And finds it an Altered State
Jack of Spades #1
The doorknob rattled. Bart affected an expression of disdain and pretended an interest in the blousy female that he didn’t feel.
The door opened, and he kept his attention on the television. Let Sabine know that he wasn’t the center of Bart’s existence.
“Well now, that gumbo does smell good.”
Bart shot up a few more inches into the air and turned his head at dizzying speed. It wasn’t Sabine, coming home repentant and ready to make amends for his earlier behavior. The man who entered bore only a vague resemblance to his lover, being dark-haired and slender. Laurant.
Bart sat upright and floated downward, until he sat on the sofa. Laurant intrigued him. The man was devilishly handsome, a real charmer, who could probably have any man or woman he wanted, and yet he seemed always to be so…alone. So lonely. He had an aura of otherness, a poetic sort of soul. Reminded Bart of a drunken slob of a man he’d met in Boston once…Edgar Poe.
Laurant wasn’t human of course, but in retrospect, perhaps Edgar hadn’t been as human as he’d pretended either. Regardless, the incubus fascinated Bart. They were a lot alike, and if only the man would pick something up… Laurant visited Sabine frequently and was familiar with the layout of the apartment. Innate curiosity sent him roaming…but soul-deep sensuality made him touch. He probably wasn’t even aware that he did it…as he passed the sofa on the way to the kitchen he stroked one lean long-fingered hand along the supple leather. In the kitchen he brushed a hand over the lush cotton dish towels, caressed a silver spoon with a delicate touch. Everything, every sensation seemed to please him.
Bart watched avidly, following him into the kitchen where he checked the gumbo, sniffing appreciatively. “What’s going on?” Bart asked, well aware that his words would go unheeded, willing Laurant to pick up a gold coin, or the spectacles on the coffee table, one of the volumes of literature from the bookshelf…even that. “Why are you here? Where’s Sabine?”
Laurant’s head tilted to the side, his gaze scanned the apartment. “I know you’re here. I can feel you watching me. Show yourself.”
Hah. “If it were that easy, don’t you think you’d have seen me in the last few years you’ve been playing games here? And by the way, you can’t play cards for shit. You fold too easy. And you talk too much during a game. You’d have been shot…” He trailed off and those deep set eyes seemed to track him. He almost believed Laurant could hear him. “I should know, after all. It’s a bloody good thing you don’t make your living playing cards. Oh come on. Pick something of mine up, damn it!” The last burst out as Laurant fondled a silver filigree box that had belonged to Sabine’s grandfather.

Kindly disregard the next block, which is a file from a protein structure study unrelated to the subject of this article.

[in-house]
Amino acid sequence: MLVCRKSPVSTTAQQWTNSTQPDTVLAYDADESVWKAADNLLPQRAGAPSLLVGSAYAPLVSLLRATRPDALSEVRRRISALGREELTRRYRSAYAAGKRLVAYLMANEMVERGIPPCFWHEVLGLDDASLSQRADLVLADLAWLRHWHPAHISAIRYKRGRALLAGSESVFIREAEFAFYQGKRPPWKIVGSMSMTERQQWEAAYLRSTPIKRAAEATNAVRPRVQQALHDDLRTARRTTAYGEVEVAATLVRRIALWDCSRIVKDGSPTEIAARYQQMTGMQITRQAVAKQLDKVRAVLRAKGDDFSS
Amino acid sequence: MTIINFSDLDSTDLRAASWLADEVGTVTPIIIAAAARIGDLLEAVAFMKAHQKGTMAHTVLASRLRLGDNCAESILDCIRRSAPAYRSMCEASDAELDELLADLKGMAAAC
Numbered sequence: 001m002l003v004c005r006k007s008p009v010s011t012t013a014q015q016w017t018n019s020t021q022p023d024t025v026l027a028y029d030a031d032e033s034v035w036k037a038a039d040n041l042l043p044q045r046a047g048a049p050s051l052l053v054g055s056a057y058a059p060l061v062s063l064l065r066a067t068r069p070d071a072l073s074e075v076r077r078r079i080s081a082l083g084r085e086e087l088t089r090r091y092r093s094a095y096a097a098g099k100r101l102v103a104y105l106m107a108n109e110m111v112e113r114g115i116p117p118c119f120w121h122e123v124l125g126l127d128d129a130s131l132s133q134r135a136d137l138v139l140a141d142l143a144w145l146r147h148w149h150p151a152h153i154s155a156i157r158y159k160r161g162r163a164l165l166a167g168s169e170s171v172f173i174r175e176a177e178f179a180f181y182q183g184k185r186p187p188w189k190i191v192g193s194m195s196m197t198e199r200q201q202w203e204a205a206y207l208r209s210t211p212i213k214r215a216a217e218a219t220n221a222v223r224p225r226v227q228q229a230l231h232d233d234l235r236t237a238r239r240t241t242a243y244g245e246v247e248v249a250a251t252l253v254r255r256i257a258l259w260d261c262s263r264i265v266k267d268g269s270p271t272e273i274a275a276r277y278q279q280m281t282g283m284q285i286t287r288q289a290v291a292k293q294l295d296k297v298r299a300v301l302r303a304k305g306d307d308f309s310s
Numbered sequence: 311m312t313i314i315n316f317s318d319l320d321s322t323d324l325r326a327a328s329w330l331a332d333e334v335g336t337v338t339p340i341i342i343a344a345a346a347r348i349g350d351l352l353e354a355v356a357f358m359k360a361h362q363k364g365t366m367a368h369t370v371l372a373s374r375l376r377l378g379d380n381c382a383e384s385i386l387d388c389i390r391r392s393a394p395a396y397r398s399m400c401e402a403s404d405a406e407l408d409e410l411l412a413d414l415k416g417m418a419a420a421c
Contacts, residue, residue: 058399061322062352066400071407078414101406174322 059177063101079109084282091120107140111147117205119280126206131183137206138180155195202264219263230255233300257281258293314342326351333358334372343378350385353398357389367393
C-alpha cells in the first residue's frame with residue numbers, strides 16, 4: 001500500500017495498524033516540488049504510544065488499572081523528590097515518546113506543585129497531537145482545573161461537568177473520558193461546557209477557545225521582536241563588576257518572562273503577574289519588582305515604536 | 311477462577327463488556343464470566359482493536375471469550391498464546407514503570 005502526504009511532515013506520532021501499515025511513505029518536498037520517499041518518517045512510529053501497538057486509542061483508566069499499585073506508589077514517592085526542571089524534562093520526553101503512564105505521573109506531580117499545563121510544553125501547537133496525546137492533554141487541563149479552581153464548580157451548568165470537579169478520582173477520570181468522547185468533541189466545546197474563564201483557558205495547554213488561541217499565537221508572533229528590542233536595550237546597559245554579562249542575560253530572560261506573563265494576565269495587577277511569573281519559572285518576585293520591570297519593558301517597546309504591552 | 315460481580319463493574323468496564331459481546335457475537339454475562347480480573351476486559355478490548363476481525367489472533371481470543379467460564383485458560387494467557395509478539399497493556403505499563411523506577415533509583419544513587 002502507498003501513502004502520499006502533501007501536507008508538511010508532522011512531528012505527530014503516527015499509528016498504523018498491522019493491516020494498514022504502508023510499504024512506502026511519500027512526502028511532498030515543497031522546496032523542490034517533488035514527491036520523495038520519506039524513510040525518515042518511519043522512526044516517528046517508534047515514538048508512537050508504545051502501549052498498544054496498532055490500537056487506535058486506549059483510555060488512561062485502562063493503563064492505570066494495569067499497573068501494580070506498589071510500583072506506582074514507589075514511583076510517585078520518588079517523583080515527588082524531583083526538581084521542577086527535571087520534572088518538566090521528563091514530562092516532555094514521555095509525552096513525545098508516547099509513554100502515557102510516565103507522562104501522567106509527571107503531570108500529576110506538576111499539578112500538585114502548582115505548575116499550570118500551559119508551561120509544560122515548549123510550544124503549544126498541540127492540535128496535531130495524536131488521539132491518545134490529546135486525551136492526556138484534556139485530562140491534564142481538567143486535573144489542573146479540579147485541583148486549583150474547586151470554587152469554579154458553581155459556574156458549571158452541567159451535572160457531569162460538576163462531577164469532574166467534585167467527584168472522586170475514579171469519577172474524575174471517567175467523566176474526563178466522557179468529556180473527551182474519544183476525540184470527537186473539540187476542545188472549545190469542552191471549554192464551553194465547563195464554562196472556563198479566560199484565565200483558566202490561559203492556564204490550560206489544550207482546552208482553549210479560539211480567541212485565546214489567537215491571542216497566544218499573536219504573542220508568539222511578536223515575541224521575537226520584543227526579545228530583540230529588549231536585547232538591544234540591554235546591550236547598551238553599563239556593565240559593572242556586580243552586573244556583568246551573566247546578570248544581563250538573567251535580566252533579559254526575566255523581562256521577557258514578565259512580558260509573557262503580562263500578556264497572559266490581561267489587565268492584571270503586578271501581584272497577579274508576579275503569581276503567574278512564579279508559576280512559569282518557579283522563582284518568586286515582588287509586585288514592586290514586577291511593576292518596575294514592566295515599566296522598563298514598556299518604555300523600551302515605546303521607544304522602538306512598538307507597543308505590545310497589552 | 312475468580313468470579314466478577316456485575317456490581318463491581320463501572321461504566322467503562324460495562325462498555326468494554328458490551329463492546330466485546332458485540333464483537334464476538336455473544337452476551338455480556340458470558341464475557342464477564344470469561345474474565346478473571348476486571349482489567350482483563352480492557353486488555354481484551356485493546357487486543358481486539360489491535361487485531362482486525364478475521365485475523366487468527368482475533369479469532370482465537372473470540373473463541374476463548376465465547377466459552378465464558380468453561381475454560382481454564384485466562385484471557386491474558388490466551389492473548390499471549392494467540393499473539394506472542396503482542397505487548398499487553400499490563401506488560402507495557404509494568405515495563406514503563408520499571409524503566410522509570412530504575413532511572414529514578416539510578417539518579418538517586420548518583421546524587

Bart didn’t like the box. It seemed to disapprove of him, which Sabine said was ridiculous, but as Bart reminded him, the whole concept of a them was sublimely ridiculous in a farcical way.
“Yes! That’s it. Pick. It. Up.” He growled as Laurant replaced the box and moved on to a rosewood trinket box. As soon as the man’s hand closed on the bit of wood, Bart focused everything he could pull together into being. “It’s about time!” he groused, hoping the man wasn’t one of those non-believers who’d be blocked by his own certainty that ghosts didn’t exist, weren’t real, or were the product of indigestion.
“Bart, I presume?”
Bart suppressed a shiver at the sensual voice. It seemed the timbre of the man’s voice echoed, stirred the very atoms of Bart’s being. The effect of the man…being the recipient of that intense stare, was so much more powerful when Bart was physically present. “Don’t do that,” he protested, struggling to keep himself together.
“Did I do something?” Laurant seemed surprised. He held out a pale hand. “I’m Laurant. It’s a pleasure to finally meet the…man…Sabine has spoken of so often.”
“Does he?” He realized the other man still held his hand out, though his smile was fading rapidly. “I can’t shake your hand.”
“Forgive me. I shouldn’t have assumed.”
“It’s…Sabine would have to explain the science behind it. I didn’t pay enough attention, and I dare say the field of physics has changed enough since 1829 that, even if I had, it wouldn’t make any difference to my understanding of my own existence.” He stopped talking and just stared as Laurant’s eyes dulled and his smile froze. “Indeed. So where is he?”
“I have no idea.” Laurant sniffed. “I don’t smell any sulfur or brimstone. Nothing but gumbo really.” He reached out a hand then snatched it back.
“Please don’t, thank you. It hurts when you put your hand through me, and”—Bart frowned—“I’m not a demon.”
“I see. Speaking of which…how is it that I can see you now and never have before?” Laurant let the box go as though just realizing he’d been touching it, and Bart sighed.
“Great Caesar's ghost. Now I suppose I’ll have to wait an hour for the fool to lay his hands on something else of mine.”
“You ought not to speak about people that way. Not to their faces, in any event.”
“You can still see me?” Bart peered closely at Laurant, who stepped back a little, holding up a hand.“I can see something…shimmery about the air, like heat on the highway in the summer, but I can hear you quite clearly.”